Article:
You can use an IP pool for the tunnel endpoints. Tunnel endpoints are the source and destination IP addresses used in the external IP header to uniquely identify the hypervisor hosts originating and terminating the NSX-T Data Center encapsulation of overlay frames. You can also use either DHCP or manually configured IP pools for tunnel endpoint IP addresses.

If you are using both ESXi and KVM hosts, one design option would be to use two different subnets for the ESXi tunnel endpoint IP pool (sub_a) and the KVM tunnel endpoint IP Pool (sub_b). In this case, on the KVM hosts a static route to sub_a needs to be added with a dedicated default gateway.

This is an example of the resulting routing table on an Ubuntu host where sub_a = 192.168.140.0 and sub_b = 192.168.150.0. (The management subnet, for example, could be 192.168.130.0.)

Kernel IP routing table:

Destination          Gateway          Genmask          Iface
0.0.0.0              192.168.130.1    0.0.0.0          eth0
192.168.122.0        0.0.0.0          255.255.255.0    virbr0
192.168.130.0        0.0.0.0          255.255.255.0    eth0
192.168.140.0        192.168.150.1    255.255.255.0    nsx-vtep0.0
192.168.150.0        0.0.0.0          255.255.255.0    nsx-vtep0.0

The route can be added in at least two different ways. Of these two methods, the route persists after host reboot only if you add the route by editing the interface. Adding a route using the route add command does not persists after a host reboot.

route add -net 192.168.140.0 netmask 255.255.255.0 gw 192.168.150.1 dev nsx-vtep0.0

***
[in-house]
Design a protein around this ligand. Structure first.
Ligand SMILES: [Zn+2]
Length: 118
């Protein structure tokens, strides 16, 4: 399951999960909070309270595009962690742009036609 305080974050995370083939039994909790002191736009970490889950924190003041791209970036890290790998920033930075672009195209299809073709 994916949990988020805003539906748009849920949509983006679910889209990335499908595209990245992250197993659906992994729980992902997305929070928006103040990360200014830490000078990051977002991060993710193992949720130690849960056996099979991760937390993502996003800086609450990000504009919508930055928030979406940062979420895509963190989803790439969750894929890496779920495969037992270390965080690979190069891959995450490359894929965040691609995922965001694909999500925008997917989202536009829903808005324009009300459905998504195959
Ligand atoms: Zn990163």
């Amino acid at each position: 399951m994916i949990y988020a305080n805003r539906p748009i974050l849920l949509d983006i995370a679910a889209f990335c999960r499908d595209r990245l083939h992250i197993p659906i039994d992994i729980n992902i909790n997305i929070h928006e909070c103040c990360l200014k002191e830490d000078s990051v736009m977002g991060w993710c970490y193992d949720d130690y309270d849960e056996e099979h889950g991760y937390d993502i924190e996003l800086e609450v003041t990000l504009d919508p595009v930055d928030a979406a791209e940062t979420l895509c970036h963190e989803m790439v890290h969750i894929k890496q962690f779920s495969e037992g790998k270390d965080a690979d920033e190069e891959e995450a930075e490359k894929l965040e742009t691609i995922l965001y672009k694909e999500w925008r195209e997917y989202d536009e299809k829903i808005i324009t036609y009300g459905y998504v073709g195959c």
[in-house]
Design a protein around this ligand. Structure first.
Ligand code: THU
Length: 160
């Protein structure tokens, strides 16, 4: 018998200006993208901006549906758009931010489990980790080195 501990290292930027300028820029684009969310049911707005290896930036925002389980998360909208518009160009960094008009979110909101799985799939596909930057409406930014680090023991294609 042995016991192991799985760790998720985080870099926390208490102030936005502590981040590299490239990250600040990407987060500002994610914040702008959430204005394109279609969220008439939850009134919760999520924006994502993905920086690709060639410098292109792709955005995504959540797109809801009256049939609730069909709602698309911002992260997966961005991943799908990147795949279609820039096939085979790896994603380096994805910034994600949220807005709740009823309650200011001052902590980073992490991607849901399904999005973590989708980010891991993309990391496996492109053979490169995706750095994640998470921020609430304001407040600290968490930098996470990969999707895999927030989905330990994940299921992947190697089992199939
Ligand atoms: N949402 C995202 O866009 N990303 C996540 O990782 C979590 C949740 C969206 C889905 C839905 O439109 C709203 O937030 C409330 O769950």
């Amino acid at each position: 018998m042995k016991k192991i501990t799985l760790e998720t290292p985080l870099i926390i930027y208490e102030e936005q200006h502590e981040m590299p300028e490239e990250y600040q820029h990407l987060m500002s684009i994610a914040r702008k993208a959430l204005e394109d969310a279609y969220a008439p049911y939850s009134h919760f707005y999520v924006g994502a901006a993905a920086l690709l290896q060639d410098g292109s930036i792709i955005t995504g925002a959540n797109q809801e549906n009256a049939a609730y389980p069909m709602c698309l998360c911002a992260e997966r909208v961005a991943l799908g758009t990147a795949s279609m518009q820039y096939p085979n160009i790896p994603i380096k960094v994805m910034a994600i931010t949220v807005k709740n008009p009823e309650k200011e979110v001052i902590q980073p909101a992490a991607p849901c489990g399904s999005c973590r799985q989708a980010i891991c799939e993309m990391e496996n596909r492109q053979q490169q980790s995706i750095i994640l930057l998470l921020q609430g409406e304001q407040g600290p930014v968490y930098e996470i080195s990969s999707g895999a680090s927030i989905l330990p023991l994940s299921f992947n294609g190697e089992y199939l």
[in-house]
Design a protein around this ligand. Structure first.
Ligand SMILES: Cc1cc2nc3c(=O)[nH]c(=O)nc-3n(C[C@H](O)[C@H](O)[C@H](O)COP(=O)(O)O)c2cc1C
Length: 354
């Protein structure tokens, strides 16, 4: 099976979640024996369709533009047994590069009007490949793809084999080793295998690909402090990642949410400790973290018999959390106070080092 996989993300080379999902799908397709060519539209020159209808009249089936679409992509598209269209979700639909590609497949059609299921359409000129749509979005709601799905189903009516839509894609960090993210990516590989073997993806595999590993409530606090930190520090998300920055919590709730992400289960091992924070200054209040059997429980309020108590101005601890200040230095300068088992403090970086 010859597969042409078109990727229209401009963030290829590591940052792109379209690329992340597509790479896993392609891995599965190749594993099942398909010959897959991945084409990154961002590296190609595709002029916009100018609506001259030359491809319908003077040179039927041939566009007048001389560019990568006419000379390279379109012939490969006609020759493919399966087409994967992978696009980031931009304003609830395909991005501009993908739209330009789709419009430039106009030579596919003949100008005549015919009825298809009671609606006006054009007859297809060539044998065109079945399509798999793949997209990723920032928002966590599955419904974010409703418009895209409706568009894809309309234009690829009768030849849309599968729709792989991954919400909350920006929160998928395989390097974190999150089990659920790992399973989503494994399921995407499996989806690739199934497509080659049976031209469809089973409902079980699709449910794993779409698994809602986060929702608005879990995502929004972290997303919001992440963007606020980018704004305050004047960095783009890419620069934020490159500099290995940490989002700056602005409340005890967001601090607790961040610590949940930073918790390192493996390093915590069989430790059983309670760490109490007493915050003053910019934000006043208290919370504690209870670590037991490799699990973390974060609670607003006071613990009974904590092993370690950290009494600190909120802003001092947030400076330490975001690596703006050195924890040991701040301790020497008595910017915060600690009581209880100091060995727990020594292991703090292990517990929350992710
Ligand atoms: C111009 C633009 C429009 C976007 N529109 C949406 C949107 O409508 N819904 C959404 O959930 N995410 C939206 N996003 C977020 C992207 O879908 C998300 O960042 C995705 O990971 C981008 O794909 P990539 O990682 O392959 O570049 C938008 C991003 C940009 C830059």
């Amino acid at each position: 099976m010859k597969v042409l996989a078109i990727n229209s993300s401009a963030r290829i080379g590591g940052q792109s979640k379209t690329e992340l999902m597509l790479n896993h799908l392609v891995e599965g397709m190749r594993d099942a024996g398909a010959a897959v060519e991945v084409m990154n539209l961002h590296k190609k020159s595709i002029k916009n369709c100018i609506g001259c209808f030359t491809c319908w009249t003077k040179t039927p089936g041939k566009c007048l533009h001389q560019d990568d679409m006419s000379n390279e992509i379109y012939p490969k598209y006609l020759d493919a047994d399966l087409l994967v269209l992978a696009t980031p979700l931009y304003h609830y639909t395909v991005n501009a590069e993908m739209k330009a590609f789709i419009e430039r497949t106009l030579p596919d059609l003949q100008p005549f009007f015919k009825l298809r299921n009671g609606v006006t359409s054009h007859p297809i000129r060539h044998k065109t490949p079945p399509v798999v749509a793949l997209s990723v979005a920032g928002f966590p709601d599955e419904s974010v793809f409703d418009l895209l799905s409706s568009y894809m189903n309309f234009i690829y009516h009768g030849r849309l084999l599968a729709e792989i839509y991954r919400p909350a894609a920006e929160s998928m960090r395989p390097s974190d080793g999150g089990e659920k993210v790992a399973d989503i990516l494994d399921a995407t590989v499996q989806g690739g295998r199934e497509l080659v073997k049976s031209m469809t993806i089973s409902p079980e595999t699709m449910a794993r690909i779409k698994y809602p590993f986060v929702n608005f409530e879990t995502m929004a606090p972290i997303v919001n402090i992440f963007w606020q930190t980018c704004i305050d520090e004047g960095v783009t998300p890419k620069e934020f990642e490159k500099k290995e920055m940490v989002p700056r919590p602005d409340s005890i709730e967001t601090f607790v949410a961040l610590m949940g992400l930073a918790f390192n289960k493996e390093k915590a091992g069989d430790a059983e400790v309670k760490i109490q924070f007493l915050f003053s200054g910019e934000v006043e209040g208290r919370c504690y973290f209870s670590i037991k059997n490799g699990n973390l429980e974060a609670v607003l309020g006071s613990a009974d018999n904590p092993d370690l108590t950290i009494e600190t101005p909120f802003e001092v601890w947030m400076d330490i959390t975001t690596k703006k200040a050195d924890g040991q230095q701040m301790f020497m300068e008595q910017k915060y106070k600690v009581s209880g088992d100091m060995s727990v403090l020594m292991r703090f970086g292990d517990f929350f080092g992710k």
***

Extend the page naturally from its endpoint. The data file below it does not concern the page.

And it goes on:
In /etc/network/interfaces before "up ifconfig nsx-vtep0.0 up" add this static route:

post-up route add -net 192.168.140.0 netmask 255.255.255.0 gw 192.168.150.1

Procedure

  1. From a browser, log in with admin privileges to an NSX Manager at https://<nsx-manager-ip-address>.
  2. Select Inventory > Groups > IP Pools and click Add.
  3. Enter the name of the IP pool, an optional description, and the network settings.

    The network settings include:

    • Range of IP addresses

    • Gateway

    • Network address in CIDR notation

    • (optional) Comma-separated list of DNS servers

    • (optional) DNS suffix

    For example:

Results

You can also view the IP pools with the GET https://<nsx-mgr>/api/v1/pools/ip-pools API call:

{
  "cursor": "0036e2d8c2e8-f6d7-498e-821b-b7e44d2650a9ip-pool-1",
  "sort_by": "displayName",
  "sort_ascending": true,
  "result_count": 1,
  "results": [
    {
      "id": "e2d8c2e8-f6d7-498e-821b-b7e44d2650a9",
      "display_name": "comp-tep",
      "resource_type": "IpPool",
      "subnets": [
        {
          "dns_nameservers": [
            "192.168.110.10"
          ],
          "allocation_ranges": [
            {
              "start": "192.168.250.100",
              "end": "192.168.250.200"
            }
          ],
          "gateway_ip": "192.168.250.1",
          "cidr": "192.168.250.0/24",
          "dns_suffix": "corp.local"
        }
      ],
      "_last_modified_user": "admin",
      "_last_modified_time": 1443649891178,
      "_create_time": 1443649891178,
      "_system_owned": false,
      "_create_user": "admin",
      "_revision": 0
    }
  ]
}

What to do next

Create an uplink profile. See Create an Uplink Profile.